“A man like me always seems to be later than he is. That is because people sit yearning for him. They get all tense, listening for his footstep, and every minute seems an hour…”

Quick Service

Wodehouse does it again! A mere four lines of instructive prose and I am a new woman. No more feeling like a worm uttering pathetic apologies, if indeed that’s what worms do. Henceforth, I shall breeze into the office with a benevolent smile, in the hope that my arrival injects a dash of sunshine into the lives of others. I expect this new attitude will bring me a sort of warm, inner glow that will last, oh, at least an hour I should think.

Thanks again, P.G. Wodehouse!

HP

Hard knocks: Wodehouse, cricket and me

By T. M. R. Whitwell (see File:Mike (Wodehouse).djvu) [Public domain], via Wikimedia Commons

Reginald, mark you, whose normal batting style was a sort of cross between hop-scotch, diabolo, and a man with gout in one leg trying to dance the Salomé Dance.

Reginald’s Record Knock

Reginald’s Record Knock’ first appeared in Pearson’s Magazine in 1909. When I encountered the story in Murray Hedgcock’s excellent collection Wodehouse at the Wicket (1997), it instantly struck a chord. You see, my first love, long before I discovered P.G. Wodehouse, was cricket. When I was young, my parents would drop me at the Adelaide Oval (they having no interest in the game) where I would spend the day watching cricket and keeping score in a little notebook.  My greatest wish was to play professional cricket, but tragically, like Reginald Humby, I was an indifferent cricketer:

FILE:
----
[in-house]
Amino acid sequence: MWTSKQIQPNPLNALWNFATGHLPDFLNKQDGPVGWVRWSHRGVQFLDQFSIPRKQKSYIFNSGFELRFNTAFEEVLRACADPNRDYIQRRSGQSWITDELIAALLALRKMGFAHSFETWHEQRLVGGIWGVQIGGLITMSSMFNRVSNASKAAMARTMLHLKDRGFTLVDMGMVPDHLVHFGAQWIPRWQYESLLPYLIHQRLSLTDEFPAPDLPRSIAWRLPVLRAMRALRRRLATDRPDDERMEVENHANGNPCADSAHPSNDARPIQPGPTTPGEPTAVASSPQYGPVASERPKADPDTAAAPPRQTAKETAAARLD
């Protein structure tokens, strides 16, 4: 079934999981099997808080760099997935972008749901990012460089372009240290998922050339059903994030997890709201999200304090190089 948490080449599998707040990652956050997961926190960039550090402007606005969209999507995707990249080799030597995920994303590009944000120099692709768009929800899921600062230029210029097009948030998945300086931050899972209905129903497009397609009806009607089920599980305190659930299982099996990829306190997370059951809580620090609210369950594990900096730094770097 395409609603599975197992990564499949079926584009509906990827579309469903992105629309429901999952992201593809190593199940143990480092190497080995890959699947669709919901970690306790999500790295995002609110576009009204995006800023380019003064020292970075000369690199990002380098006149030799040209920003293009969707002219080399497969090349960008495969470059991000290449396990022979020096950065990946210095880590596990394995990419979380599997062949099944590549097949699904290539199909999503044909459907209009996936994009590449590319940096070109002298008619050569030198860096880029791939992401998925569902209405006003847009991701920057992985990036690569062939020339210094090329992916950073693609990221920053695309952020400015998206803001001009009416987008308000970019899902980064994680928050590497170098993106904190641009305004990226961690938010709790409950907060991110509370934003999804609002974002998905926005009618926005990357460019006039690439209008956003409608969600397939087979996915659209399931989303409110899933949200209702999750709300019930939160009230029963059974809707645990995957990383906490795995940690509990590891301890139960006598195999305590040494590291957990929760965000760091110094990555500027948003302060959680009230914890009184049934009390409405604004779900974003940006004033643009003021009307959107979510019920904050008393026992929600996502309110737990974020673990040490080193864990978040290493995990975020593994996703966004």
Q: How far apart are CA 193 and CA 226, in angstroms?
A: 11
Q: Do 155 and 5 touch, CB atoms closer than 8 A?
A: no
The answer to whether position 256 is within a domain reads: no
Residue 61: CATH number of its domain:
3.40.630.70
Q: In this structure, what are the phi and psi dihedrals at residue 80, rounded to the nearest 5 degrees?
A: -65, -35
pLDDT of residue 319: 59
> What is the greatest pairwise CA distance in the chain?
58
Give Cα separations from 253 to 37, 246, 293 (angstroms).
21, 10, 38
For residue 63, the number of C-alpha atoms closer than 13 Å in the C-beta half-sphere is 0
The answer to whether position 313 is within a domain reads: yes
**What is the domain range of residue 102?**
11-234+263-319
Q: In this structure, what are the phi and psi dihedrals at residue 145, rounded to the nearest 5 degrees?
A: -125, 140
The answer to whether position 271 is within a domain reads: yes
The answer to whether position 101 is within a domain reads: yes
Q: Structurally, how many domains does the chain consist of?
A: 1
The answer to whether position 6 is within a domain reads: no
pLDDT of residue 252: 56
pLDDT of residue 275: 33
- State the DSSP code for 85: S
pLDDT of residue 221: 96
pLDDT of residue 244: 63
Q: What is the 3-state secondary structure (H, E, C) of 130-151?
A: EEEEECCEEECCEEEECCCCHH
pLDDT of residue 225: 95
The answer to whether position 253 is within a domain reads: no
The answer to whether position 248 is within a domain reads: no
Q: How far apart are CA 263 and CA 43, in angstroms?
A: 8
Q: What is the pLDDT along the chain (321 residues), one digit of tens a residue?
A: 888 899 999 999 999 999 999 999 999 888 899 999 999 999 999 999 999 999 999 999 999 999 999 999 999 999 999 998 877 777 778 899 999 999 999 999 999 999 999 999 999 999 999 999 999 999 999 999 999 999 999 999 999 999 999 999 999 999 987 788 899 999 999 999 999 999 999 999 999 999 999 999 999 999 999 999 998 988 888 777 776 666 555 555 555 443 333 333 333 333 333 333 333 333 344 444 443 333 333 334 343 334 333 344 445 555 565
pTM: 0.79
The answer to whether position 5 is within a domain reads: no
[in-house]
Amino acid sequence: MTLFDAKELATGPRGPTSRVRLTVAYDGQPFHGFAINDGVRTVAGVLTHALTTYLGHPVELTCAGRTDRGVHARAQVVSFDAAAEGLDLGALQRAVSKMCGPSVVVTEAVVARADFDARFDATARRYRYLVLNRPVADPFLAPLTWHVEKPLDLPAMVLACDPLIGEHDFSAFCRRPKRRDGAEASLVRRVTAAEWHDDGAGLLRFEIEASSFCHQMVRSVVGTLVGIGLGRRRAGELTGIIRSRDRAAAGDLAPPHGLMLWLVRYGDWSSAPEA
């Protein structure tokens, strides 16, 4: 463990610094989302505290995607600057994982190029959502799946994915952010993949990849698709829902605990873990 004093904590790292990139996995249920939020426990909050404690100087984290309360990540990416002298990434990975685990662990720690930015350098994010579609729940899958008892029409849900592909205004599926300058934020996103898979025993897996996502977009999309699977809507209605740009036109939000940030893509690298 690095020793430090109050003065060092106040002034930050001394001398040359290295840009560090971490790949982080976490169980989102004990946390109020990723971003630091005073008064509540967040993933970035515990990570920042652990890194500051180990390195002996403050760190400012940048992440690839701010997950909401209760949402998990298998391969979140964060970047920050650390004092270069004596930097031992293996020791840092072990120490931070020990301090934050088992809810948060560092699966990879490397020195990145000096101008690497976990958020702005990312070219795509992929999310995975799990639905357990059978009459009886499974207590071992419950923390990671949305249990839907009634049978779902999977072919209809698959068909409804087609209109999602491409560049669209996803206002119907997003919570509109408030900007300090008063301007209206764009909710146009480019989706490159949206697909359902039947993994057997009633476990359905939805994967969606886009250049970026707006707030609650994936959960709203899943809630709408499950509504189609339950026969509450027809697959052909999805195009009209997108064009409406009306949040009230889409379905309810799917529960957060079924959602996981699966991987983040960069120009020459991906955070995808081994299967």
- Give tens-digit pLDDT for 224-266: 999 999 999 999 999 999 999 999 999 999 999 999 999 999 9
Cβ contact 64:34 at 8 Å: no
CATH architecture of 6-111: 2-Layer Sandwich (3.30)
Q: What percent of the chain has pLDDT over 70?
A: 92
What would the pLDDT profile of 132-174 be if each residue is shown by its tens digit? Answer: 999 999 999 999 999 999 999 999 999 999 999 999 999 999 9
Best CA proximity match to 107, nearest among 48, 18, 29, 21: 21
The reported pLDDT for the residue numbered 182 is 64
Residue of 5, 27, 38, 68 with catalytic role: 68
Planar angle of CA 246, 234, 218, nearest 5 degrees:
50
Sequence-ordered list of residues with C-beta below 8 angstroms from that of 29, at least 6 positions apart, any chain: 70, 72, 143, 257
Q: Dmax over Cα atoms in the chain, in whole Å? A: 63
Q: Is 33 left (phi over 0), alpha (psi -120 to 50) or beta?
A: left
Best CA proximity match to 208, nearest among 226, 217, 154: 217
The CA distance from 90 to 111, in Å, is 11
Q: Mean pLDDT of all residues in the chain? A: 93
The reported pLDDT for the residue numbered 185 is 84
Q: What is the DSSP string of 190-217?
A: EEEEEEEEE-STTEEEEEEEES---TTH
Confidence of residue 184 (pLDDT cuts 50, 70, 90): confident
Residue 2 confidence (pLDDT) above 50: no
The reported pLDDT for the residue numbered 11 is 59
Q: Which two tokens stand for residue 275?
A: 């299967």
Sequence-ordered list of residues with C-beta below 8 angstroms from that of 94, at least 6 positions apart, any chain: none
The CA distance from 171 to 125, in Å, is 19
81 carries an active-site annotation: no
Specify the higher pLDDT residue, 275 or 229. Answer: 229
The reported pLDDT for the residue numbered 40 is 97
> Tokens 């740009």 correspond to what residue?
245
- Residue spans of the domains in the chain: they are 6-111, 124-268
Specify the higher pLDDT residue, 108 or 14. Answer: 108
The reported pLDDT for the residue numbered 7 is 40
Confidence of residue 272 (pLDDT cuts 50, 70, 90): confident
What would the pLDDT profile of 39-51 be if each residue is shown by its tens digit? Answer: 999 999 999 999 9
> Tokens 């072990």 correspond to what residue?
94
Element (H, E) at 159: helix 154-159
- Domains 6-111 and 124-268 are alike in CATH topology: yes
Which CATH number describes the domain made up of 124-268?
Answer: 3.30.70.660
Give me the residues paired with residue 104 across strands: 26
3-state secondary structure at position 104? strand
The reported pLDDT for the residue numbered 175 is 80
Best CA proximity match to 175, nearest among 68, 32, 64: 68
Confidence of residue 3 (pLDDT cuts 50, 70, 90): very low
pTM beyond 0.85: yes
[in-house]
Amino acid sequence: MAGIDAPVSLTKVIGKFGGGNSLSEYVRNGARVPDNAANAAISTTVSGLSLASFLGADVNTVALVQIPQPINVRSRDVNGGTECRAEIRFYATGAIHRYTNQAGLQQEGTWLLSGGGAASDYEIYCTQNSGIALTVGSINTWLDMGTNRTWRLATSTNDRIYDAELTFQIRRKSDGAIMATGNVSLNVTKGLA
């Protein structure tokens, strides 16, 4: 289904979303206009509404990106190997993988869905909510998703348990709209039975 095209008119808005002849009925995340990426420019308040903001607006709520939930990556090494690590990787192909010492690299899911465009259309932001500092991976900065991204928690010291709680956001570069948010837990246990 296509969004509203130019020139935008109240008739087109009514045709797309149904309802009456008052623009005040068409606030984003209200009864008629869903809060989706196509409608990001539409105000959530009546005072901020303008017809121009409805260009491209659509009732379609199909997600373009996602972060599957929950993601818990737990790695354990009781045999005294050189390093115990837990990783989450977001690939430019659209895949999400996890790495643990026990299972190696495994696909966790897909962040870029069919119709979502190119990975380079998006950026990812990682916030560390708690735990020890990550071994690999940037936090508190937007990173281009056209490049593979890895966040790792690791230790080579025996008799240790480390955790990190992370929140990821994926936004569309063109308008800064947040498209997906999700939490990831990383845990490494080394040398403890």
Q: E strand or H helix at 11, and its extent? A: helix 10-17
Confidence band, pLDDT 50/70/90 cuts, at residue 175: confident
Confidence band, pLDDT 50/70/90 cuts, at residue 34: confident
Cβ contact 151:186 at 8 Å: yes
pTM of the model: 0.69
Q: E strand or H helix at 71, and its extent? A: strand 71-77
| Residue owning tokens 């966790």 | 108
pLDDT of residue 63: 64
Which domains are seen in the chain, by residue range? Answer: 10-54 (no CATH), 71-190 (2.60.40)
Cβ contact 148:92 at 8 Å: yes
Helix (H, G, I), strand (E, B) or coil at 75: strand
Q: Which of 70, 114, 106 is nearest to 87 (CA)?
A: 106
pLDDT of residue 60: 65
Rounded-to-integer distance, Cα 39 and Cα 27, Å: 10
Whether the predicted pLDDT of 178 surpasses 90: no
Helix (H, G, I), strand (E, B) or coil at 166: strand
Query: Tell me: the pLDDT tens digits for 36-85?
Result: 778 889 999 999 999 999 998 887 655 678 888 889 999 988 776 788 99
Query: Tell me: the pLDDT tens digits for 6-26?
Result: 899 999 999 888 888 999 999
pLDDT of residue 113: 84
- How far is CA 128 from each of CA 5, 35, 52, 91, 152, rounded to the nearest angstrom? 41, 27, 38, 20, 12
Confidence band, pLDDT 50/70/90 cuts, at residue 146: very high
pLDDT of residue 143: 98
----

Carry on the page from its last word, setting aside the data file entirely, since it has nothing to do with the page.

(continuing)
‘When a boy at school he once made nine not out in a house match, but after that he went all to pieces. His adult cricket career was on the one-match one-ball principle. Whether it was that Reginald hit too soon at them or did not hit soon enough, whether it was that his bat deviated from the dotted line which joined the two points A and B in the illustrated plate of the man making the forward stroke in the ‘Hints on Cricket’ book, or whether it was that each ball swerved both ways at once and broke a yard and a quarter, I do not know. Reginald rather favoured the last theory.’